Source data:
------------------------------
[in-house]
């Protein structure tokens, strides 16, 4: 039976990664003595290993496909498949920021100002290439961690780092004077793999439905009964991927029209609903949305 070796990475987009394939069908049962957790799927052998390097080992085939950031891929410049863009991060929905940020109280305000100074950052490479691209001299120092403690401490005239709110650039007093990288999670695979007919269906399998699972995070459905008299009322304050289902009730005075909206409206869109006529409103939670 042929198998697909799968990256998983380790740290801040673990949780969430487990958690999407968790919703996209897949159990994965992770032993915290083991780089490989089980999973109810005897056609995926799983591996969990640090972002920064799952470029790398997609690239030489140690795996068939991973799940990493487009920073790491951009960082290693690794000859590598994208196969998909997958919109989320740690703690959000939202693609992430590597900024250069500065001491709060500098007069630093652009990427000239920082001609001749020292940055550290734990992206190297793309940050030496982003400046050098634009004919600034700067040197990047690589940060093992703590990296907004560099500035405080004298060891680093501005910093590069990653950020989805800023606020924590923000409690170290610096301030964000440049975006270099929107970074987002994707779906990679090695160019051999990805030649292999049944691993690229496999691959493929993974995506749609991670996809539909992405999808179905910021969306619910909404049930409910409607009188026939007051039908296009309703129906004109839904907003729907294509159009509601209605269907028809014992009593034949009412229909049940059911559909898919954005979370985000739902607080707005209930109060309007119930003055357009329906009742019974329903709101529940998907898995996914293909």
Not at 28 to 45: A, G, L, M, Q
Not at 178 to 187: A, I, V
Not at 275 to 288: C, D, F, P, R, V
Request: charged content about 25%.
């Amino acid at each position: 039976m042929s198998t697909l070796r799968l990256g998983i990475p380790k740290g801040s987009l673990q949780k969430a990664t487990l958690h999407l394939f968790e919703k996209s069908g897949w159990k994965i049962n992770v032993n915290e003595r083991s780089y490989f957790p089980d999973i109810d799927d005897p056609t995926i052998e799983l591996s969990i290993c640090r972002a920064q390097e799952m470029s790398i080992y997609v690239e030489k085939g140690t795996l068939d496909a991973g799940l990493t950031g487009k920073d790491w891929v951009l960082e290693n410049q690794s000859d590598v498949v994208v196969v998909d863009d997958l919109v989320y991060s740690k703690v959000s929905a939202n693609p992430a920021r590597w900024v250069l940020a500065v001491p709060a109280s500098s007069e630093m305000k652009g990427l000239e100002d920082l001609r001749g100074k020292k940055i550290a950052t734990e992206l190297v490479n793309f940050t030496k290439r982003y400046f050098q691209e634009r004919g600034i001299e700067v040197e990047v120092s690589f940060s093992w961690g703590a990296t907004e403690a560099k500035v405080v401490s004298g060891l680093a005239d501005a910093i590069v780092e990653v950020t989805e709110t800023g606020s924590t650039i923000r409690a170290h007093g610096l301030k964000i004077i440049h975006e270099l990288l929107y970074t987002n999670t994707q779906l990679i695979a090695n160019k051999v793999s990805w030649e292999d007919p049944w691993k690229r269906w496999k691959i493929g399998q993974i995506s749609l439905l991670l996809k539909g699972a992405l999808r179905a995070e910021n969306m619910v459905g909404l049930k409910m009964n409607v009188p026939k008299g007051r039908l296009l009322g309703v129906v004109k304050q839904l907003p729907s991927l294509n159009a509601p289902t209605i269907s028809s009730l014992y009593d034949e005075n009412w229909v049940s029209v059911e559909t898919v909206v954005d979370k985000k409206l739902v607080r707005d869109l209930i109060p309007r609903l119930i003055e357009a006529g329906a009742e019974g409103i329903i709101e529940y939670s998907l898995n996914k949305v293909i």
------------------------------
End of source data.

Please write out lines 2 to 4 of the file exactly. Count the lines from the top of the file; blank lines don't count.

């Protein structure tokens, strides 16, 4: 039976990664003595290993496909498949920021100002290439961690780092004077793999439905009964991927029209609903949305 070796990475987009394939069908049962957790799927052998390097080992085939950031891929410049863009991060929905940020109280305000100074950052490479691209001299120092403690401490005239709110650039007093990288999670695979007919269906399998699972995070459905008299009322304050289902009730005075909206409206869109006529409103939670 042929198998697909799968990256998983380790740290801040673990949780969430487990958690999407968790919703996209897949159990994965992770032993915290083991780089490989089980999973109810005897056609995926799983591996969990640090972002920064799952470029790398997609690239030489140690795996068939991973799940990493487009920073790491951009960082290693690794000859590598994208196969998909997958919109989320740690703690959000939202693609992430590597900024250069500065001491709060500098007069630093652009990427000239920082001609001749020292940055550290734990992206190297793309940050030496982003400046050098634009004919600034700067040197990047690589940060093992703590990296907004560099500035405080004298060891680093501005910093590069990653950020989805800023606020924590923000409690170290610096301030964000440049975006270099929107970074987002994707779906990679090695160019051999990805030649292999049944691993690229496999691959493929993974995506749609991670996809539909992405999808179905910021969306619910909404049930409910409607009188026939007051039908296009309703129906004109839904907003729907294509159009509601209605269907028809014992009593034949009412229909049940059911559909898919954005979370985000739902607080707005209930109060309007119930003055357009329906009742019974329903709101529940998907898995996914293909």
Not at 28 to 45: A, G, L, M, Q
Not at 178 to 187: A, I, V